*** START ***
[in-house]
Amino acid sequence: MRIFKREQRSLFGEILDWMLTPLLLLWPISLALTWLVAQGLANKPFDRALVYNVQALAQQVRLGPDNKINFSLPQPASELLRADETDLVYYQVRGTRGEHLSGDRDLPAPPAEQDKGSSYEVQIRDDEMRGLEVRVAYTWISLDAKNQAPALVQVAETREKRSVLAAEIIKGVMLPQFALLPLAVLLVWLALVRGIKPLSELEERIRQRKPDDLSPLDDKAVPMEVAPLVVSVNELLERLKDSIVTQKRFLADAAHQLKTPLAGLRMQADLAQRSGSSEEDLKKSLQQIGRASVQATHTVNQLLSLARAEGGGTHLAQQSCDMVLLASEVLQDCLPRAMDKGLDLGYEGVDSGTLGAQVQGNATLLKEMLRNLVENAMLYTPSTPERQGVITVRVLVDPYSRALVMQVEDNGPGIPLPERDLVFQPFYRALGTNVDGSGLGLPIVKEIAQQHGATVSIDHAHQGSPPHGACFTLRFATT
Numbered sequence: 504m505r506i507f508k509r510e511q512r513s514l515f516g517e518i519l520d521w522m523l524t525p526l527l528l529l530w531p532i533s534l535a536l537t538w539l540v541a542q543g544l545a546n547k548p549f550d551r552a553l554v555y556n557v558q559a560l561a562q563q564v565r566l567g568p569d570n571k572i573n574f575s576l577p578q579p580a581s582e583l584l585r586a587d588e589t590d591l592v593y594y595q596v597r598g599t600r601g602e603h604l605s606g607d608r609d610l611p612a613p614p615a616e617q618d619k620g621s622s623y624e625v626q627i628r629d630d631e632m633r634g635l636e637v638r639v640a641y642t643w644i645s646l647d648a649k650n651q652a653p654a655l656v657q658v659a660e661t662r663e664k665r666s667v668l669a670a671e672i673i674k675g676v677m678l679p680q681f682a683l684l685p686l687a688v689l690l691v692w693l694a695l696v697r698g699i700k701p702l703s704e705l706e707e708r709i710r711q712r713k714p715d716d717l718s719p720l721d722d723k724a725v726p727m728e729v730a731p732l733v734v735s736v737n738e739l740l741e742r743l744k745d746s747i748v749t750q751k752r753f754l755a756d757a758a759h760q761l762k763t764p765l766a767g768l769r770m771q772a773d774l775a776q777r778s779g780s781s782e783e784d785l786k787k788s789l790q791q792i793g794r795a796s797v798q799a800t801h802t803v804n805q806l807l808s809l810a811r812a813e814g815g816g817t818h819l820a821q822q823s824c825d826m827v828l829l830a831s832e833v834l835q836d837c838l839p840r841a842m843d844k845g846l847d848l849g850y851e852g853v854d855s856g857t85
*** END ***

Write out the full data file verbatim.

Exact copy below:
[in-house]
Amino acid sequence: MRIFKREQRSLFGEILDWMLTPLLLLWPISLALTWLVAQGLANKPFDRALVYNVQALAQQVRLGPDNKINFSLPQPASELLRADETDLVYYQVRGTRGEHLSGDRDLPAPPAEQDKGSSYEVQIRDDEMRGLEVRVAYTWISLDAKNQAPALVQVAETREKRSVLAAEIIKGVMLPQFALLPLAVLLVWLALVRGIKPLSELEERIRQRKPDDLSPLDDKAVPMEVAPLVVSVNELLERLKDSIVTQKRFLADAAHQLKTPLAGLRMQADLAQRSGSSEEDLKKSLQQIGRASVQATHTVNQLLSLARAEGGGTHLAQQSCDMVLLASEVLQDCLPRAMDKGLDLGYEGVDSGTLGAQVQGNATLLKEMLRNLVENAMLYTPSTPERQGVITVRVLVDPYSRALVMQVEDNGPGIPLPERDLVFQPFYRALGTNVDGSGLGLPIVKEIAQQHGATVSIDHAHQGSPPHGACFTLRFATT
Numbered sequence: 504m505r506i507f508k509r510e511q512r513s514l515f516g517e518i519l520d521w522m523l524t525p526l527l528l529l530w531p532i533s534l535a536l537t538w539l540v541a542q543g544l545a546n547k548p549f550d551r552a553l554v555y556n557v558q559a560l561a562q563q564v565r566l567g568p569d570n571k572i573n574f575s576l577p578q579p580a581s582e583l584l585r586a587d588e589t590d591l592v593y594y595q596v597r598g599t600r601g602e603h604l605s606g607d608r609d610l611p612a613p614p615a616e617q618d619k620g621s622s623y624e625v626q627i628r629d630d631e632m633r634g635l636e637v638r639v640a641y642t643w644i645s646l647d648a649k650n651q652a653p654a655l656v657q658v659a660e661t662r663e664k665r666s667v668l669a670a671e672i673i674k675g676v677m678l679p680q681f682a683l684l685p686l687a688v689l690l691v692w693l694a695l696v697r698g699i700k701p702l703s704e705l706e707e708r709i710r711q712r713k714p715d716d717l718s719p720l721d722d723k724a725v726p727m728e729v730a731p732l733v734v735s736v737n738e739l740l741e742r743l744k745d746s747i748v749t750q751k752r753f754l755a756d757a758a759h760q761l762k763t764p765l766a767g768l769r770m771q772a773d774l775a776q777r778s779g780s781s782e783e784d785l786k787k788s789l790q791q792i793g794r795a796s797v798q799a800t801h802t803v804n805q806l807l808s809l810a811r812a813e814g815g816g817t818h819l820a821q822q823s824c825d826m827v828l829l830a831s832e833v834l835q836d837c838l839p840r841a842m843d844k845g846l847d848l849g850y851e852g853v854d855s856g857t85